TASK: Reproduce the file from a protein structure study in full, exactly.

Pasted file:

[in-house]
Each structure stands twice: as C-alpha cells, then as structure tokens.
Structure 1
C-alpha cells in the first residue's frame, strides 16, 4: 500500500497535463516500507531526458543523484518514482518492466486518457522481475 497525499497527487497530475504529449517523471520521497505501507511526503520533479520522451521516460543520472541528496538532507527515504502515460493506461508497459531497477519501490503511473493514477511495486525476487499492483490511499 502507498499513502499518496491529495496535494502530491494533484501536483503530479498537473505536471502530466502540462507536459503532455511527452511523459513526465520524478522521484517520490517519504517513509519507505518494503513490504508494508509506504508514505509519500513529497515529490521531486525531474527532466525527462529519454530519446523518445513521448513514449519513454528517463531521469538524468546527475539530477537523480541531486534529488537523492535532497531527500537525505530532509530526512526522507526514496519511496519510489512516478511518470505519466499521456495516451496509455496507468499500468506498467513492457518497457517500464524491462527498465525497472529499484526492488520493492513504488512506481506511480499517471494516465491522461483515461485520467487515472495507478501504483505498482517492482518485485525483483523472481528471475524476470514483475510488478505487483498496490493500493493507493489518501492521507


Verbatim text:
[in-house]
Each structure stands twice: as C-alpha cells, then as structure tokens.
Structure 1
C-alpha cells in the first residue's frame, strides 16, 4: 500500500497535463516500507531526458543523484518514482518492466486518457522481475 497525499497527487497530475504529449517523471520521497505501507511526503520533479520522451521516460543520472541528496538532507527515504502515460493506461508497459531497477519501490503511473493514477511495486525476487499492483490511499 502507498499513502499518496491529495496535494502530491494533484501536483503530479498537473505536471502530466502540462507536459503532455511527452511523459513526465520524478522521484517520490517519504517513509519507505518494503513490504508494508509506504508514505509519500513529497515529490521531486525531474527532466525527462529519454530519446523518445513521448513514449519513454528517463531521469538524468546527475539530477537523480541531486534529488537523492535532497531527500537525505530532509530526512526522507526514496519511496519510489512516478511518470505519466499521456495516451496509455496507468499500468506498467513492457518497457517500464524491462527498465525497472529499484526492488520493492513504488512506481506511480499517471494516465491522461483515461485520467487515472495507478501504483505498482517492482518485485525483483523472481528471475524476470514483475510488478505487483498496490493500493493507493489518501492521507